David Fhima arrived in the United States 36 years ago with a hundred dollars in his pocket, “an accent that was really heavy and bad,” he said with a laugh, and a small glass jar filled with a live starter from his mother’s kitchen.
“My mother’s mother dough,” he said. “I was freaking out on the plane that it was going to die. The guy from immigration looks at it and he said, ‘What is this?’ I told him, ‘You make bread with it,’ and he looked at it again and said, ‘That’s the best story I’ve ever heard.’”
Fhima calls that mother dough – a fermentation agent that he estimates has been producing breads in his family for more than a century – as “one of the best-kept secrets about our baking.”
Those breads will be an integral part of the program when his Fhima’s Minneapolis opens on Sept. 28, taking over the fabled former Forum Cafeteria (pictured, below) in the City Center complex in downtown Minneapolis.
The glorious mint green-and-mirrors interior dates to 1930 and is widely considered to be one of the country’s best examples of the Art Deco movement.
“I walk in here every day and I’m in awe, I’m humbled,” said Fhima. “When you say ‘Minneapolis,’ this space is what should come to mind.”
The reason why most people don’t make that link is because the Forum has a dodgy leasing history: since upscale Goodfellow’s closed in 2005 after its nine-year run, the room has been dark, with the exception of two short-lived enterprises: the Forum (2010-2011) and Il Foro (2015-2016). (Learn more about the Forum's past here). That’s a track record that could be politely described as “off-putting” to potential restaurateurs. But not Fhima.
“I think it needed those failures for the landlord to give us a better business deal,” said Fhima. “Trust me, I’m an expert at paying rent through the roof. At Louis XIII (Fhima’s glamorous, long-ago project at Southdale), I was paying $40,000 a month. What was I thinking? Here, we have twice the space, at a fraction of that cost. This is a phenomenal address. Just look next door. Fogo de Chao is one of the state's top-grossing restaurants.”
The Forum certainly boasts a phenomenal interior, unlike any other in the Twin Cities. Preservation covenants dictate that the two-story room’s walls, ceilings and intricate chandeliers can’t be touched. Fhima is making tweaks elsewhere, however.
A new oval-shaped bar -- lined in translucent, backlit Lucite and topped in a milky quartz – is taking a prominent position up front. Booths that once awkwardly lined the dining room’s center have been pushed to the room’s outer edges (and can be covered, “kissing booth”-style, in sheer, silvery drapes), reserving that prime real estate for tables. The black-and-white tile floors (and, presumably, the acoustics) will be softened by green and orange Pakistani rugs.
“The idea is to preserve the space, but give it a modern feel,” said Fhima. “It’s stunning, but it doesn’t feel old, even though it’s almost 90 years old. We want you to sit down and feel like you’re in a theater, because there’s no better theater than this space.”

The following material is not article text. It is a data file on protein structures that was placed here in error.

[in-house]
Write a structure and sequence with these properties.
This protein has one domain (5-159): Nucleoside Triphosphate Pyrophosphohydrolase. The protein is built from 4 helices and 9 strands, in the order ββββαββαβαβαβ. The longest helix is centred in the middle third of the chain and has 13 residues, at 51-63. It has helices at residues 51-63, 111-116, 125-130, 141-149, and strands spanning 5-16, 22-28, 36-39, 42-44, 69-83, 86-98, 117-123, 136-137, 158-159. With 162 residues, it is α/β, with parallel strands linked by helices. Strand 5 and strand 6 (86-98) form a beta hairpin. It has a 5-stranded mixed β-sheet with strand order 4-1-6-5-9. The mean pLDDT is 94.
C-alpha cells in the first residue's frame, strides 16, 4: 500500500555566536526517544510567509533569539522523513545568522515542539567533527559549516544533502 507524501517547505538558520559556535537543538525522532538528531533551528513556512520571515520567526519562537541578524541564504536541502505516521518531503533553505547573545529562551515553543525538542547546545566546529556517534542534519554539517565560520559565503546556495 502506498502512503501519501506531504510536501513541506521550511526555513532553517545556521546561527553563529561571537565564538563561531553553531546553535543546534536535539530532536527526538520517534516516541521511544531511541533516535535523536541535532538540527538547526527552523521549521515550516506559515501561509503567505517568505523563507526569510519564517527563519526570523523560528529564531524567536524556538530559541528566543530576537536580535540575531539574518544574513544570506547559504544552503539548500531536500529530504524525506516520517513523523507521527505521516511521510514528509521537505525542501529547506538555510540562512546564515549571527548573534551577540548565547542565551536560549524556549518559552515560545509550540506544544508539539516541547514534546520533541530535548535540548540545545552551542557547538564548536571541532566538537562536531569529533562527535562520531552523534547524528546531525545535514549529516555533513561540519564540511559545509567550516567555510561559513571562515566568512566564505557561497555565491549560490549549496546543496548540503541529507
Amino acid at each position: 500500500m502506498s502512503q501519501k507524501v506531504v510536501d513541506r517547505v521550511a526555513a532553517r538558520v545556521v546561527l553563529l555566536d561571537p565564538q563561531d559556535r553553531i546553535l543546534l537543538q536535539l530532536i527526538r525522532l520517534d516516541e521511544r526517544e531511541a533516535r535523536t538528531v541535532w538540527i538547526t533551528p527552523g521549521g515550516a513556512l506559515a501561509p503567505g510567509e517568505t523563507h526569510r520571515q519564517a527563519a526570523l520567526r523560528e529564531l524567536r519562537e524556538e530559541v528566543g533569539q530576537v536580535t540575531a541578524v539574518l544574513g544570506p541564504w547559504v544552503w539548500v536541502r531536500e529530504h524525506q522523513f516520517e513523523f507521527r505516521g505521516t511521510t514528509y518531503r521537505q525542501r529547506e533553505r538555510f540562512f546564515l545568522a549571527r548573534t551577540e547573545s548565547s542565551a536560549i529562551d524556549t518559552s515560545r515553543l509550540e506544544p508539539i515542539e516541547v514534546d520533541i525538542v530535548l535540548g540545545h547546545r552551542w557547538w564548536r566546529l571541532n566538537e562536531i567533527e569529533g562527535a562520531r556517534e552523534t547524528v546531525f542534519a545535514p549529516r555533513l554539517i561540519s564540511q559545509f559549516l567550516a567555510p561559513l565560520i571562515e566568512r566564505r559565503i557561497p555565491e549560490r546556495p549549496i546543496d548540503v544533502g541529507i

Fhima has hired Patrick Atanalian, the French chef who spent the past decade at Sanctuary in Minneapolis (because the Art Deco style has its roots in Paris, it seems fitting that a pair of French chefs are taking over the Forum). Jaclyn Von (a St. Genevieve vet) will be heading up the pastry kitchen, and Sean Jones (Parlour, Bittercube) is managing the beverage program.
(Locally, Fhima’s resume reaches back to the early 1990s: Mpls. Cafe; first in Uptown and later downtown at 11th and Hennepin; Chloe, in Uptown; Fhima’s, in downtown St. Paul; Louis XIII; and LoTo, in Lowertown, followed by its replacement, Faces Mears Park, which closed late last year. For the past several years he’s been immersed in the food operations at Target Center. The French chef was born in Morocco to a French-Spanish mother and an Italian father, a family tree that informs his Mediterranean cooking).
Fhima believes that this collaborative environment will make Fhima’s Minneapolis stand out from his previous enterprises, where he tried to be a one-man show.
“The old David was doing too many things,” he said with a laugh. “The reason that we’re going to do well is because of people like Patrick, and Jaclyn, and Sean. I’m really happy to be surrounding myself with all of this talent.”
Expect dishes that capture and occasionally merge the essence of both chefs’ experiences and backgrounds: halibut poached in almond milk, a braised lamb shank tagine, gnocchi with a rabbit stew, an anchovies-free pissaladiere, bone marrow with a chermoula finish.
“Classics with a modern twist,” said Atanalian.
The plan is to open on Sept. 28, serving dinner Tuesday through Sunday. Lunch will follow, sometime around Thanksgiving.